CHENNAI: Once upon a time, I was in a little coterie with B and C (let’s call me A, then). There was also D, but D — well — was eventually a complete D to all of us, if you know what I mean. I became, separately, very close to both B and C. Adult life meant we all saw less of one another than we had when we first met. But I stayed in regular contact with them both, and they would each ask me about the other.
“I miss B,” C would emoji me now and then, and because I missed B too I’d concur. But I didn’t know that where I only meant I would like to see B more frequently, C meant something else altogether.
No, this isn’t a case of B – C = exam (love)failure. That’s a topic for another set of initial-based pseudonyms! So one weekend, I suggested something logical. Given that B and I meet often, and C and I meet often, why didn’t we all just meet together?
Except that the day came and I flaked out. Sunday-slumped, I told B I wasn’t going to make it. I didn’t bother to tell C, thinking that they’d enjoy being together after such a long time and my absence might help them reconnect. But when C asked me where I was and I flippantly said, “oh yeah, didn’t B tell you I’m not coming?” I wasn’t prepared for the earful I received. “I thought you’d like hanging out, considering how you’re always telling me you miss B,” I defended myself. “I had no idea that some other dynamic existed.” I insisted that they meet, and C reported back to me. It turned out that B + C – A equalled shallow conversation, inability to share, and a total lack of meaningful exchange. “We talked about work,” shrugged C. “Office stuff.”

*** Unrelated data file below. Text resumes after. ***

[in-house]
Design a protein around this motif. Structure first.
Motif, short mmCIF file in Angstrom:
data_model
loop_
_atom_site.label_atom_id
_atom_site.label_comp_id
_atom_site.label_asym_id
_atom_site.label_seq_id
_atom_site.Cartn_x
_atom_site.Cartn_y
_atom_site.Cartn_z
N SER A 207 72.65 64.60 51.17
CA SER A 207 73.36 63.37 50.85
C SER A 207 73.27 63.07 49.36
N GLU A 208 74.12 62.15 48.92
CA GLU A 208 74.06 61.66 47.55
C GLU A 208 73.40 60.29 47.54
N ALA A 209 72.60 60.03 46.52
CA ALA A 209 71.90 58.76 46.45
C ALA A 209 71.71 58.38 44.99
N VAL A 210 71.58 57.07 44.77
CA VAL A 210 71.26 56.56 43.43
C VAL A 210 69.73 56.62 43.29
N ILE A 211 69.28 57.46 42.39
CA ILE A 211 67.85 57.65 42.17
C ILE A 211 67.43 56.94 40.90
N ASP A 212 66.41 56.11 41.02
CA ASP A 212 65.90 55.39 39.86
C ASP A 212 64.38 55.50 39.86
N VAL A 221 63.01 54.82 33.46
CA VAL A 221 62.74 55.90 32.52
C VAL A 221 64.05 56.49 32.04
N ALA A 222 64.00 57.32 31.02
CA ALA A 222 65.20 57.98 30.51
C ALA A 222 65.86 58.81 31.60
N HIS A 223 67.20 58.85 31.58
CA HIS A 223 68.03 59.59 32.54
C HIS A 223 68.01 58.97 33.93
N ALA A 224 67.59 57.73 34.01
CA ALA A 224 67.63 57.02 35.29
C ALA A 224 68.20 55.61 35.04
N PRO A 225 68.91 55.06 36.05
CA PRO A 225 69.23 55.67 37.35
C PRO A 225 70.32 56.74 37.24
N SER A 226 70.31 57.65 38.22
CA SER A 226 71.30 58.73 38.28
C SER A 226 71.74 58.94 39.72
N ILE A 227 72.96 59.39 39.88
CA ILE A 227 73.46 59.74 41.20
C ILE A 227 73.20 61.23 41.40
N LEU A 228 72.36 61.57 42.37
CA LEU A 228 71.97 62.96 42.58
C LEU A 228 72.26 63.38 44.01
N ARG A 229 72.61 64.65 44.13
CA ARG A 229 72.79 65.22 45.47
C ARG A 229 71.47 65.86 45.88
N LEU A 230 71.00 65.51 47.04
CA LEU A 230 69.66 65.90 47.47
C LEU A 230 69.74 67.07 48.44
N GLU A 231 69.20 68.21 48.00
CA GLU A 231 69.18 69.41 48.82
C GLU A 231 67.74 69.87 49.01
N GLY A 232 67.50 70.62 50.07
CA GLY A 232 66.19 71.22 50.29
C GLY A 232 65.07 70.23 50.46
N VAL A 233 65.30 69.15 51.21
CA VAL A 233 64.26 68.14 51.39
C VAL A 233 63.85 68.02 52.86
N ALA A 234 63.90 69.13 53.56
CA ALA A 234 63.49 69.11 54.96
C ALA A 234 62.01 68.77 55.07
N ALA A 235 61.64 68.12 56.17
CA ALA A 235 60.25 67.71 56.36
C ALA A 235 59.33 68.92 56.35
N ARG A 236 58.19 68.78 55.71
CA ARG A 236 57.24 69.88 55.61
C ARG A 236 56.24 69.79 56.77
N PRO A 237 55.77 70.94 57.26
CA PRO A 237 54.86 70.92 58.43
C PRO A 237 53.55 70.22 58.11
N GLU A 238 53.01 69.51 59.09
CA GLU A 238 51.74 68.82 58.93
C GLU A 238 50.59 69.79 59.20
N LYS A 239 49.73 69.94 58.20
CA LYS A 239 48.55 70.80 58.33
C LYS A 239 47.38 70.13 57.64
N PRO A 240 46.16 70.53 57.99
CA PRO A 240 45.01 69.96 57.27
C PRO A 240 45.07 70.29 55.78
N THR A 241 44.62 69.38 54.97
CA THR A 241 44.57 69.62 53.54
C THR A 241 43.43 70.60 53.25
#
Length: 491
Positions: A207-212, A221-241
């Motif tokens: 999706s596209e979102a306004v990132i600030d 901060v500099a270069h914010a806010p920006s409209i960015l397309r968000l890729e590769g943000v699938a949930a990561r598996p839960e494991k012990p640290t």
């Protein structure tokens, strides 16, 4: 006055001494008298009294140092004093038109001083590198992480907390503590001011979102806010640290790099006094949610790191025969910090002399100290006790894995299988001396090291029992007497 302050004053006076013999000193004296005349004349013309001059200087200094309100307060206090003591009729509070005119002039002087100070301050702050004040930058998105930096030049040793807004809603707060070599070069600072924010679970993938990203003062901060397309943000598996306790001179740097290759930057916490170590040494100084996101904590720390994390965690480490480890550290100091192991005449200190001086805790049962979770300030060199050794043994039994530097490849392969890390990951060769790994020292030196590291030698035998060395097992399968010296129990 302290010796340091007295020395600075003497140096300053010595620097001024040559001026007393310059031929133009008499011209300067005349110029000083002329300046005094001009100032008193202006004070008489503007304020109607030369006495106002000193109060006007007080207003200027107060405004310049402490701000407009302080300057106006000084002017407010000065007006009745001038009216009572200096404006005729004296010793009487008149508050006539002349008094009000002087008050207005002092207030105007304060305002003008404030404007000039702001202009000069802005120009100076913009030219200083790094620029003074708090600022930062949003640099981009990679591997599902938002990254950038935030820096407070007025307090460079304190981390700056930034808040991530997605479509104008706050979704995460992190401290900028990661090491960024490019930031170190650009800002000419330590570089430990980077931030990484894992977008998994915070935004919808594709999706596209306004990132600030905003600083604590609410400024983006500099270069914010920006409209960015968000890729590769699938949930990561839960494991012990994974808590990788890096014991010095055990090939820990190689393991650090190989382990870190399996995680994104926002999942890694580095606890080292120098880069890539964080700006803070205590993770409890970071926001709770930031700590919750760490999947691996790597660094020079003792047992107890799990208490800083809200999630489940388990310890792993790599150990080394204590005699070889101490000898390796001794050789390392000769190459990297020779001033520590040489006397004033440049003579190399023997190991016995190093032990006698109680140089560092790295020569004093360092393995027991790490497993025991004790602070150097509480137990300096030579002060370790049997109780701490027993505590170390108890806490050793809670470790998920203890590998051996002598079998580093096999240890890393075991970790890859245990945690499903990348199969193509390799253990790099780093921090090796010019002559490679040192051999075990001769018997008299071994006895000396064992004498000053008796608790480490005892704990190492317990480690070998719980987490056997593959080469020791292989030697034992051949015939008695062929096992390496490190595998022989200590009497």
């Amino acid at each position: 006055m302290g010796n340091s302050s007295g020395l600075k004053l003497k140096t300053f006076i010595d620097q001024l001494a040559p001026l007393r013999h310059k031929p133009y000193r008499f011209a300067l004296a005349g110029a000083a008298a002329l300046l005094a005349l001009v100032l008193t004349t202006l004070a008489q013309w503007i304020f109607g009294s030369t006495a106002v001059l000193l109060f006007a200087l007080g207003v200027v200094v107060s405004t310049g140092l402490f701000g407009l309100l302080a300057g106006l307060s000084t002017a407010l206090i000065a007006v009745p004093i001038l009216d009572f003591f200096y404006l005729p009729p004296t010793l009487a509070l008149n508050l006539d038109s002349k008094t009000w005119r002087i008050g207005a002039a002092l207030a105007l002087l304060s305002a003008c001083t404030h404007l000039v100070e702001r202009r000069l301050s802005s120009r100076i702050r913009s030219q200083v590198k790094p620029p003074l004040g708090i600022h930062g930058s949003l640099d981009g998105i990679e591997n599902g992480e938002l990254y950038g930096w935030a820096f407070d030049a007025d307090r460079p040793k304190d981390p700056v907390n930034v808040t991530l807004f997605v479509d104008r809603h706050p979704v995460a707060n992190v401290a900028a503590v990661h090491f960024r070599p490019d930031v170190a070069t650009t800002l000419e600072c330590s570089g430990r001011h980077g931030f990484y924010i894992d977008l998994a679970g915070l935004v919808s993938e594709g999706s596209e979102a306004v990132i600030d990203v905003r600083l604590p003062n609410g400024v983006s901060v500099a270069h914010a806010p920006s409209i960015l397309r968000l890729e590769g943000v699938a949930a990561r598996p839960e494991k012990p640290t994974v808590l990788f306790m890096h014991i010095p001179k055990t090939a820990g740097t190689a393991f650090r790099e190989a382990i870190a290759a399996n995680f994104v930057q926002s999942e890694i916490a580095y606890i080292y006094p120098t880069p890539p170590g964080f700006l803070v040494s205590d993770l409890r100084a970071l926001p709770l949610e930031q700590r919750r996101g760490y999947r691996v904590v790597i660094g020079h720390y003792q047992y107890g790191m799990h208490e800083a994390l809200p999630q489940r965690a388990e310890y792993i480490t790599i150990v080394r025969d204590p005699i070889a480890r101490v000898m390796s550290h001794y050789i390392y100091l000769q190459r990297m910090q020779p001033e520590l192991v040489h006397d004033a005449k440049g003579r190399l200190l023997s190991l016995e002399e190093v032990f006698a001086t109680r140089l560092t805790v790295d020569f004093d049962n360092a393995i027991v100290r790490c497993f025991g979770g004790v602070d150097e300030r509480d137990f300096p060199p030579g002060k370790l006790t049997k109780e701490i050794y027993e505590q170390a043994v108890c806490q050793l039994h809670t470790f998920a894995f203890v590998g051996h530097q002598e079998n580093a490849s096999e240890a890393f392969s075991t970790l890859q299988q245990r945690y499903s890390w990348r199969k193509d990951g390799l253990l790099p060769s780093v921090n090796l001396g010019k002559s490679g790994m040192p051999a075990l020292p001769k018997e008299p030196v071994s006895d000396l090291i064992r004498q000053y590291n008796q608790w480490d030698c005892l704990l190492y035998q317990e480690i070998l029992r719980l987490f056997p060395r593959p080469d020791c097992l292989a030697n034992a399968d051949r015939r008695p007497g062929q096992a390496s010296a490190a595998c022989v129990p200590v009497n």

“Why didn’t you talk about the H situation or the O revelation or the X confession?”
“You weren’t there, na,” came the reply. “So how?”
How had I wound up being the proxy through whom two good friends conducted a non-friendship with one another? One devoid of acrimony or issues, but equally devoid of value?
In adult life, we often create ties knowing that they are water-soluble. Part of this no doubt comes from the heartbreak of watching seemingly close friendships dissolve like confectionery in the palm. But another part comes from sheer self-involvement, which can reflect as much in busyness as in laziness.
Not every relationship will weather everything. But those that do have one thing in common: investment. This is why I have what I have, separately, with B and C. In our respective friendships, we chose and keep choosing to put in the work of love.
It takes a long time to grow an old friend. Fleeting connections may be water-soluble, but friendships are like plants. They need to be watered. They thrive on things like dialogue, time, vulnerability, support, laughter and secrets. They cannot rest on proxies like alcohol, location, alumni reunions, or even a common companion. One doesn’t need a garden, just a windowsill of soothing, well-rooted green.
(The Chennai-based author writes poetry, fiction and more)